When the humid, rainy days of June start rolling in at the Homestead, David and I start to get giddy for one thing: mushroom foraging. And of all the fungi out in the forest, one calls more loudly to his heart than all the rest: the chanterelle. To our delight, the Land provides abundant amounts of these beauties. So much so that we’ve named one of our hiking trails the “Chantrail.”
Besides making tasty dishes for ourselves, like homemade chanterelle and venison salami pizza or vegetarian spaghetti (squash), we LOVE sharing the chanterelle gospel with folks at the local farmers markets where we set up. In one line, we typically describe these mushrooms as, “Buttery with a hint of apricot, replacing the hefty substance of chicken in any dish.”
Buttery with a hint of apricot, replacing the hefty substance of chicken in any dish.
Recently, we shared some of our find at the Foothills Heritage Market with a pair of loyal, local customers who we suspect may be bona fide foodies. 😉 And guess what? They shared their recipe with us, and we want to share it with you.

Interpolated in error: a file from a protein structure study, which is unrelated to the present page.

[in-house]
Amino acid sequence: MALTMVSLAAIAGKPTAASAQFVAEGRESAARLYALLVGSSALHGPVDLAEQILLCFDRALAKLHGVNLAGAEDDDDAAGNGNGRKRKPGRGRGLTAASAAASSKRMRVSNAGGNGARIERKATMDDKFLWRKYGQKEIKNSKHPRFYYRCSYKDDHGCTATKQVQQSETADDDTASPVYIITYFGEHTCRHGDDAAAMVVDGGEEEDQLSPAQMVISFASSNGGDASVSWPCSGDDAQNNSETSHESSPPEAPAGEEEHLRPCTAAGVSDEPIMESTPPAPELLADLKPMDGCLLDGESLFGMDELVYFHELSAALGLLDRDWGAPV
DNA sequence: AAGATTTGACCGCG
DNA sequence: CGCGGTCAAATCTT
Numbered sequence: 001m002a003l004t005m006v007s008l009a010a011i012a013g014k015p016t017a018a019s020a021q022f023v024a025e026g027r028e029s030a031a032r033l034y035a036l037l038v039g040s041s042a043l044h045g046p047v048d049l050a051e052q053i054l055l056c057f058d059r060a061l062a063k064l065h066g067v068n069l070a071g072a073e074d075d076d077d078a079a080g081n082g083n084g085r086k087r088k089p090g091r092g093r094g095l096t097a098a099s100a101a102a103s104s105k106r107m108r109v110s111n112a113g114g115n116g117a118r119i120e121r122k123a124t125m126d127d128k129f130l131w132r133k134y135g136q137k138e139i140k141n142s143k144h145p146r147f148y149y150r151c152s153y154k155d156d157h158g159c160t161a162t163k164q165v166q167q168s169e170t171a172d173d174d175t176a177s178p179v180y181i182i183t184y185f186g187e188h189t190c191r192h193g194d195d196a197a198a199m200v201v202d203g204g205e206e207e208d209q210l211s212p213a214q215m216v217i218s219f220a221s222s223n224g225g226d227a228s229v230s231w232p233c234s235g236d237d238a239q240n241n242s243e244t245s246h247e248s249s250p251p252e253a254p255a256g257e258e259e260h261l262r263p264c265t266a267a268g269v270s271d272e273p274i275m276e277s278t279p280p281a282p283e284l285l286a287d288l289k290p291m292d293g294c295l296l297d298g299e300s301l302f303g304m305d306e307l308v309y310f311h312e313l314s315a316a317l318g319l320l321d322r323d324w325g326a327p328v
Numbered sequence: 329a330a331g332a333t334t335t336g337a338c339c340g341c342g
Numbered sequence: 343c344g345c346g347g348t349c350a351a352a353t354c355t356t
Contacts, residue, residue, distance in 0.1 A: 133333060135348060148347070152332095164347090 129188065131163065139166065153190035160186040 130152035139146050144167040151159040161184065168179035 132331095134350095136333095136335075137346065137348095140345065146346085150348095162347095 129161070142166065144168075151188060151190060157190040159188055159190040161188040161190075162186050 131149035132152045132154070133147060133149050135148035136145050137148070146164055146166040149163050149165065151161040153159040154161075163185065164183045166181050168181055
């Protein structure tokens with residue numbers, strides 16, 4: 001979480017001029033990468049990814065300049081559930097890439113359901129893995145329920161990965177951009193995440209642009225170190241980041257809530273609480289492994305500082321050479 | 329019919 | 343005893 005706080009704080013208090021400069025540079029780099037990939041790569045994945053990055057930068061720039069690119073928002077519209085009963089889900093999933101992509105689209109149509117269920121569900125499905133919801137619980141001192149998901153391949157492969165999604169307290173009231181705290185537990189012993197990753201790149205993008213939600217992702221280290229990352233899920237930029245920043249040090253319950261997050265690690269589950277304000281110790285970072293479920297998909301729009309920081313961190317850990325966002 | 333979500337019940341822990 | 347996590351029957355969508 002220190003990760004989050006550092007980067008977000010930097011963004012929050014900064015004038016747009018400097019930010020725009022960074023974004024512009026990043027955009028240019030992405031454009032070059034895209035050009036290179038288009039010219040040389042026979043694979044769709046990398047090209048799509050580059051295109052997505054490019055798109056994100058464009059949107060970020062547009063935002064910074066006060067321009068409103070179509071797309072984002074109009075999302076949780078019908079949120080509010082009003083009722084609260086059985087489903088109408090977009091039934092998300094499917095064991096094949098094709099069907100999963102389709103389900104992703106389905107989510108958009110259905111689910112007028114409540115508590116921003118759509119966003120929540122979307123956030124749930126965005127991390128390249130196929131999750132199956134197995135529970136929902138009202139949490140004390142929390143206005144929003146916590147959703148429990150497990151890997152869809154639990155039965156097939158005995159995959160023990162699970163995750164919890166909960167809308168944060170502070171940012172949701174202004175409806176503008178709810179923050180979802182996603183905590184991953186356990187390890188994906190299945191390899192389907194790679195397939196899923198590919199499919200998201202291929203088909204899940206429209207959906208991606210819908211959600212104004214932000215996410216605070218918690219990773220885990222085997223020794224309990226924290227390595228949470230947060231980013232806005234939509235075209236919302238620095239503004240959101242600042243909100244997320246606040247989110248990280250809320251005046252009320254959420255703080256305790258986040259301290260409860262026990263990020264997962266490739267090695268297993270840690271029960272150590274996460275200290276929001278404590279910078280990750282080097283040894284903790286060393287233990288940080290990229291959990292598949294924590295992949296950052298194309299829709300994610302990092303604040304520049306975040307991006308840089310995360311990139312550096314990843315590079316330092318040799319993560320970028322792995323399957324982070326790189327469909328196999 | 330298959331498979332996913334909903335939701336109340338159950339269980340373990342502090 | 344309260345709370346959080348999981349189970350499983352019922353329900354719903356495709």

Here’s a simple and tasty recipe that would be a great way for folks looking to just experience the flavor of chanterelles for the first time that they shared with me. Thanks for sharing, Amber!
👆🏼Here’s Amber’s version of the Adamant Kitchen’s Wild Mushroom Chanterelle Toast 😋 Check out the link to find the recipe she used. I highly recommend going to your local farmers market during June to find these tasty morsels, or to go looking in forested areas around you if you’re comfortable identifying them.
Top your fresh market sourdough, and savor this buttery slice of comfort. Kudo points if you’ve learned how to make your own sourdough during quarantine 🤩 (PS, hope you’re not on a diet!)
And, can I just say how much I adore that the Adamant Kitchen has a whole section dedicated to Wildcrafted Food and Drink?! 👏🏼
Always know 💯 what you’re picking before putting it in your mouth
Mushrooms often have look alikes who are not fun to play around with! If you’re buying from a forager, check to make sure they have their Mushroom Identification Certification and have labeled their packaging with their ID number and forage location.
I hope you enjoy this back to basics recipe as much as Amber and I did.
Did you make something delicious with Reid Homestead produce or products? Share your recipe with us!